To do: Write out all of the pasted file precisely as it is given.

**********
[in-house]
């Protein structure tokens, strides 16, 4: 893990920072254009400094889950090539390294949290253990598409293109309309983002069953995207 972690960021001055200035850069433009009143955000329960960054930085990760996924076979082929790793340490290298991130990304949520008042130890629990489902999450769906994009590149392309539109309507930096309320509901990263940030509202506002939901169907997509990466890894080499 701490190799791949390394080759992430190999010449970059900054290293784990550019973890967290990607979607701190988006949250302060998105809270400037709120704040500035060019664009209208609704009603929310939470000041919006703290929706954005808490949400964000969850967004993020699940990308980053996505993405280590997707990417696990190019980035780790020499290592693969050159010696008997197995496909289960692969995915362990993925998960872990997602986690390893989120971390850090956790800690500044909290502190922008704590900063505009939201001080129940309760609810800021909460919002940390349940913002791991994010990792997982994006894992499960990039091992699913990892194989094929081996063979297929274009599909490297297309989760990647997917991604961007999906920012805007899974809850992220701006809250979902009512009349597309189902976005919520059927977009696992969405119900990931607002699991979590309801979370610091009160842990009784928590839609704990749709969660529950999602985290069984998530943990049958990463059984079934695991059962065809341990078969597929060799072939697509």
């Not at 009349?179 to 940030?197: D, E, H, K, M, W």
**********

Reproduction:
[in-house]
């Protein structure tokens, strides 16, 4: 893990920072254009400094889950090539390294949290253990598409293109309309983002069953995207 972690960021001055200035850069433009009143955000329960960054930085990760996924076979082929790793340490290298991130990304949520008042130890629990489902999450769906994009590149392309539109309507930096309320509901990263940030509202506002939901169907997509990466890894080499 701490190799791949390394080759992430190999010449970059900054290293784990550019973890967290990607979607701190988006949250302060998105809270400037709120704040500035060019664009209208609704009603929310939470000041919006703290929706954005808490949400964000969850967004993020699940990308980053996505993405280590997707990417696990190019980035780790020499290592693969050159010696008997197995496909289960692969995915362990993925998960872990997602986690390893989120971390850090956790800690500044909290502190922008704590900063505009939201001080129940309760609810800021909460919002940390349940913002791991994010990792997982994006894992499960990039091992699913990892194989094929081996063979297929274009599909490297297309989760990647997917991604961007999906920012805007899974809850992220701006809250979902009512009349597309189902976005919520059927977009696992969405119900990931607002699991979590309801979370610091009160842990009784928590839609704990749709969660529950999602985290069984998530943990049958990463059984079934695991059962065809341990078969597929060799072939697509």
């Not at 009349?179 to 940030?197: D, E, H, K, M, W």